When a Baby Won’t Take a Bottle




When a Baby Won’t Take a Bottle

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Many mums find themselves in a situation where they need their baby to take milk from another source, it could be due to a hospital appointment with an overnight stay or it could be work commitments, whatever the need is, it can be stressful and full of worries. Not only is there the worry of leaving your little one in the care of another, but there is also the added worry and stress of “How are they going to eat?”

The iconography we see every day is of a baby and a bottle, when you have your baby you are told “introduce a bottle at 6-8 weeks postpartum” and you have many well-meaning friends and relatives not only encouraging the use of a bottle but also which bottle to use. There are lots on the market, a large proportion claim “closer than ever to mum’s breast” and so on.

There is however one issue with the scenario of introducing a bottle, it is a one size fits all method. Not all babies can transition to a bottle, not all babies like bottles, not all babies can transition back to a breast but this isn’t discussed because of the imagery we see every day regarding babies, they ‘all’ appear to be able to take a bottle.

This adds extra pressure and stress on a mum needing to leave her baby for an extended period of time and can result in being quite unhelpful. Instead of offering other avenues of feeding vessel people discuss which bottle is best, if you have limited funds, exploring bottles may not be a viable option, if you have a limited time in which to find an alternative feeding vessel bottle exploration is also out of the question. As no alternative to a bottle has been discussed, nor explored the mum could well be feeling even more pressure and stress to get her baby to take the bottle she has to settle on, this could result in mum forcing the bottle teat into her babies mouth, that in turn could result in trauma to the child’s mouth.

A baby uses their mouth to explore their world, it is full of nerve endings and has heightened sensitivity, it’s one of the reasons babies bring everything they grab to their mouth, they are exploring it with the very best testing and tasting device. Although a mum may not see any physical trauma to the mouth from the bottle of a teat, it could still be there and this could potentially lead to problems later on, in some cases food aversion in others, a reluctance to use their mouth to explore their world.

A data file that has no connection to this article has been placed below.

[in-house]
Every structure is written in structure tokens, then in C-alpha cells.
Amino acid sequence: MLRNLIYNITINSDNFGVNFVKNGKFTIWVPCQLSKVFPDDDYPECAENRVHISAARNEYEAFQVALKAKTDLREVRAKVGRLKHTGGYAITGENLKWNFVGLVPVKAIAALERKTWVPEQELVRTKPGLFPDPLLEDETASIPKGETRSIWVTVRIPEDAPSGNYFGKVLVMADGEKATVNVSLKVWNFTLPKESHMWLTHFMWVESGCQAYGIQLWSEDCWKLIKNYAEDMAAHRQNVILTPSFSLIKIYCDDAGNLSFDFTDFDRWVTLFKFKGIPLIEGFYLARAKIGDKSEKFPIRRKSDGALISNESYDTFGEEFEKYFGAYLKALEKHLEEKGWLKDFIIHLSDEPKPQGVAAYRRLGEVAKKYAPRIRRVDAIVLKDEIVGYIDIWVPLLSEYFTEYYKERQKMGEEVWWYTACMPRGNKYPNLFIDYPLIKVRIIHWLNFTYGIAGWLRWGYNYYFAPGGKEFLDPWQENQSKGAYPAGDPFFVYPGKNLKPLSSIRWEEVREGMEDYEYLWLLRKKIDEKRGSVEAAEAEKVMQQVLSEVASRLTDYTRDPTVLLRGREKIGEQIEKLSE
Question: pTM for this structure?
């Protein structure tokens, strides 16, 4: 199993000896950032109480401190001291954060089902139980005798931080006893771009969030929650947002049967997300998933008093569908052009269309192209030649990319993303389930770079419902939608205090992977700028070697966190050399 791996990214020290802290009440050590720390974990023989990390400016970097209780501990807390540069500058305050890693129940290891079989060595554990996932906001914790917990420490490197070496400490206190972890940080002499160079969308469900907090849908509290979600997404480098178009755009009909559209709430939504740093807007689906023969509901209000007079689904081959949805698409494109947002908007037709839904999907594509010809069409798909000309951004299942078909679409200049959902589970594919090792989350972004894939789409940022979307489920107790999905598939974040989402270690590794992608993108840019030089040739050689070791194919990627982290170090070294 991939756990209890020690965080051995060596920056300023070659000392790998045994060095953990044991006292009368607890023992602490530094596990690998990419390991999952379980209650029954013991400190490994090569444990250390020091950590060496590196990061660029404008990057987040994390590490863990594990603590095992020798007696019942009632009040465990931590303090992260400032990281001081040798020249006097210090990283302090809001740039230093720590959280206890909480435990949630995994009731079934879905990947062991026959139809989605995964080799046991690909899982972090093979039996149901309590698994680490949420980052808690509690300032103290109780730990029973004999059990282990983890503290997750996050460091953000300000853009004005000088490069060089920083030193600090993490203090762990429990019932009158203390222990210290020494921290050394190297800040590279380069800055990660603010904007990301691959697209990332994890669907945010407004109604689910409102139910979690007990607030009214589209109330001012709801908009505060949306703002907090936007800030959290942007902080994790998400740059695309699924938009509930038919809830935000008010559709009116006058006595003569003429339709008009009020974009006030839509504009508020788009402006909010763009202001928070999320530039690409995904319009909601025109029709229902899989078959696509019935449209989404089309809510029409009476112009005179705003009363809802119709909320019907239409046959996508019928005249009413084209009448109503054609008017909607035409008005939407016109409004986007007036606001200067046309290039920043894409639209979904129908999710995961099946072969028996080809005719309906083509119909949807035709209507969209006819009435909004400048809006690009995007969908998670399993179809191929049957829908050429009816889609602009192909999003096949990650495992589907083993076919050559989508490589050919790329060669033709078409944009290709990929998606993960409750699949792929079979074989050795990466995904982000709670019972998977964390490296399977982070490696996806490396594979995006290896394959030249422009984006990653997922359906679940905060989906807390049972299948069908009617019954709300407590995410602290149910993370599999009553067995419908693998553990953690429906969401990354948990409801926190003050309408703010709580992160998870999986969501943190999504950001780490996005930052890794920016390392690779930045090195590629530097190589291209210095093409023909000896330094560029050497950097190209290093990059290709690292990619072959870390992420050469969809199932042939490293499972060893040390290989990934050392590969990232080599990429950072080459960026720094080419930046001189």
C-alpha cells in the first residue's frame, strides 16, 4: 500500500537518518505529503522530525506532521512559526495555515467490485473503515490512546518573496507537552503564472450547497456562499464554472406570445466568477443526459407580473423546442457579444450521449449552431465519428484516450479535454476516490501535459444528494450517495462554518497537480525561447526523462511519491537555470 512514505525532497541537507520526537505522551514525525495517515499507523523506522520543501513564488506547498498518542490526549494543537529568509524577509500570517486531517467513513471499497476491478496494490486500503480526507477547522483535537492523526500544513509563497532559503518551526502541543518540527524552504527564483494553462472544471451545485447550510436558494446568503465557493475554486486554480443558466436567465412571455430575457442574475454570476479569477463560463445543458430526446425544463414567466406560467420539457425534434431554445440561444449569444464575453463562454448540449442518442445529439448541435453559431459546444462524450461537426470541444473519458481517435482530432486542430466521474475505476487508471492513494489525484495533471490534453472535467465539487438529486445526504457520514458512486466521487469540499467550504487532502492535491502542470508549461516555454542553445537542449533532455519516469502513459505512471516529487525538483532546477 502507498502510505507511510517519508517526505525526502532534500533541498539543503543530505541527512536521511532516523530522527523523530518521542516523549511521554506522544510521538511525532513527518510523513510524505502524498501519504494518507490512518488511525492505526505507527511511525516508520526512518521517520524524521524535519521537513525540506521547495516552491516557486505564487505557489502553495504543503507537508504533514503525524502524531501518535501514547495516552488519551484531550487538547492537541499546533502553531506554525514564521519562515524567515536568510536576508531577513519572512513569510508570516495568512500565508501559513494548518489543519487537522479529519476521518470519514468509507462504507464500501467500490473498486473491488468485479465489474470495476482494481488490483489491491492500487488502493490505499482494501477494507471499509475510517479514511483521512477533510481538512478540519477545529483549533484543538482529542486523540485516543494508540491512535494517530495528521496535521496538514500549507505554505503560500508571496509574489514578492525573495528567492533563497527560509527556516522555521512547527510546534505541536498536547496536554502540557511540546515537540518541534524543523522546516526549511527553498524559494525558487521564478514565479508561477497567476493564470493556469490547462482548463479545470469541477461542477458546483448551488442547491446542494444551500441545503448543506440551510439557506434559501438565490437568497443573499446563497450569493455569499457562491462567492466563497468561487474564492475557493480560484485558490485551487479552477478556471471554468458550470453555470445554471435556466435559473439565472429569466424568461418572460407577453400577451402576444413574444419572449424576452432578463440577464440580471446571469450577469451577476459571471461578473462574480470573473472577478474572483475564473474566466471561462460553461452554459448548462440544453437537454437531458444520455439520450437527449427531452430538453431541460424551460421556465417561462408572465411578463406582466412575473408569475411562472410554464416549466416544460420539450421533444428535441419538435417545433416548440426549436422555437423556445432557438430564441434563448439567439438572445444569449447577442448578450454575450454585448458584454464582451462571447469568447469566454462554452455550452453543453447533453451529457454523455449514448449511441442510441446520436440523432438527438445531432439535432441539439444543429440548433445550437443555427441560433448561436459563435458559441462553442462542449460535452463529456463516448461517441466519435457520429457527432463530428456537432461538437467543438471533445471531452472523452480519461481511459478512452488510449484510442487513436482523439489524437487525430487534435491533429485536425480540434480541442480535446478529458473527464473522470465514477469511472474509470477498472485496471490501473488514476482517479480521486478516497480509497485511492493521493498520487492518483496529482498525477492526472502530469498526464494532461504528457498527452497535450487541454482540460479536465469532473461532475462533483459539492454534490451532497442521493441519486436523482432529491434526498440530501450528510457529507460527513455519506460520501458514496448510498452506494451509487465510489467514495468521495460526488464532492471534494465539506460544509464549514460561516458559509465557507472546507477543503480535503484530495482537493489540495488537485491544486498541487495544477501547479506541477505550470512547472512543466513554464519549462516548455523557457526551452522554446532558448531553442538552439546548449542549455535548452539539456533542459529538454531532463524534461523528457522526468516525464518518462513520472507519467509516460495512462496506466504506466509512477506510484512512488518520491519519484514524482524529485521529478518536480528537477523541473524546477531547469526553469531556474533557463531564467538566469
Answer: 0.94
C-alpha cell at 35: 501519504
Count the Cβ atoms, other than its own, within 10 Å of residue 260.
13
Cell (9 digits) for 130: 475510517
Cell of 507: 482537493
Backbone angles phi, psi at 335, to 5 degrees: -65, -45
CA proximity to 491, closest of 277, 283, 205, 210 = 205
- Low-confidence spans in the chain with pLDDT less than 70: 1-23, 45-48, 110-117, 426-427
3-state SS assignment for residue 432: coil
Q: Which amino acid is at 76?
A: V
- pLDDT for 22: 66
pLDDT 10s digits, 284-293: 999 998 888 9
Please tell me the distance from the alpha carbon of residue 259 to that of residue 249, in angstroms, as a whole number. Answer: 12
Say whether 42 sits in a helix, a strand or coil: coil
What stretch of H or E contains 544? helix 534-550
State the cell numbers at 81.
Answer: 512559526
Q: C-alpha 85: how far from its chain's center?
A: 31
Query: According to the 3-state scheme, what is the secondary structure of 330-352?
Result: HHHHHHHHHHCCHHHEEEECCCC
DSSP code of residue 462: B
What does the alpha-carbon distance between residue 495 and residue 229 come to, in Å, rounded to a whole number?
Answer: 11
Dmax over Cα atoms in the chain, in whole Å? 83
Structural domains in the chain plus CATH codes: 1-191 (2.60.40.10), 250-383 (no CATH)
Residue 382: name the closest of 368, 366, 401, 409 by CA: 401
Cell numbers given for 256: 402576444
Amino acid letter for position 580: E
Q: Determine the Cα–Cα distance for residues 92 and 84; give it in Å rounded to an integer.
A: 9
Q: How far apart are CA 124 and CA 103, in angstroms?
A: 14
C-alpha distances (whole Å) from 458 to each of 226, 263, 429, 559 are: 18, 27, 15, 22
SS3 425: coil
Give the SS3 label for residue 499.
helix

It is so important to not force a baby to take into their mouth an object foreign to them which they have no control over like to bottle, a dummy, a finger or a spoon. It is best to wait for the baby to open their mouth in a responsive manner to which the baby is agreeing to accept the foreign object.

The last thing an already stressed mum wants is to upset her baby, so with that here are some alternatives to bottles:

Feeding cup

A feeding cup is a small open plastic cup, slightly angled and with a lip, this encourages baby to mimic milking a breast much easier than the teat of a bottle. A baby uses roughly 17 or so facial muscles to extract milk from a breast, the cup encourages this same reflex and the use and stimulus of the same facial muscles. A bottle only requires 3 facial muscles to extract the milk. Feeding cups can be used from birth with reports of little interruption to breastfeeding.


A spoon behaves much like the cup, it’s not very well suited to older babies due to a spoon only holding small quantities. That doesn’t outlaw the spoon for older babies though as every baby is different.


You can use a syringe for medicine. this method can get milk into a baby quickly if struggling, it can also be gently lapped at by the baby. It can be a very useful tool for some mum’s and babies.

The Lid of a Feeding Bottle

Used in the same way as a feeding cup if a feeding cup isn’t available. If you have a bottle lid that can’t be placed on a flat surface, a narrow cup/glass or toilet roll can provide the perfect docking station.

A Bowl

A small bowl can also be used like a feeding cup, as can a Doidy cup (which looks like a large version of a feeding cup, minus the lip but with handles) and a free flow beaker with lid removed if pre 4 months, it can be tried at 4 months with lid in place. Some babies however find a free flow cup too fast and they aren’t able to ‘milk’ is as they would a breast, cup or some types of bottle.

The main objective is mum and baby find a viable alternative to a breast and bottle that suits them and more importantly suits baby. Having access to a wider method for alternate feeds is less stressful for both mum and baby. It doesn’t have to be a bottle as the only alternative milk delivery system.

This article was written by Sandra Baker – full time writer and the mother of four amazing kids (including twins!)

She’s also a breastfeeding counselor and has spent years helping new parents learn how to care for their children. When she’s not writing or caring for her children, Sandra likes to spend time reading and taking walks with her husband.

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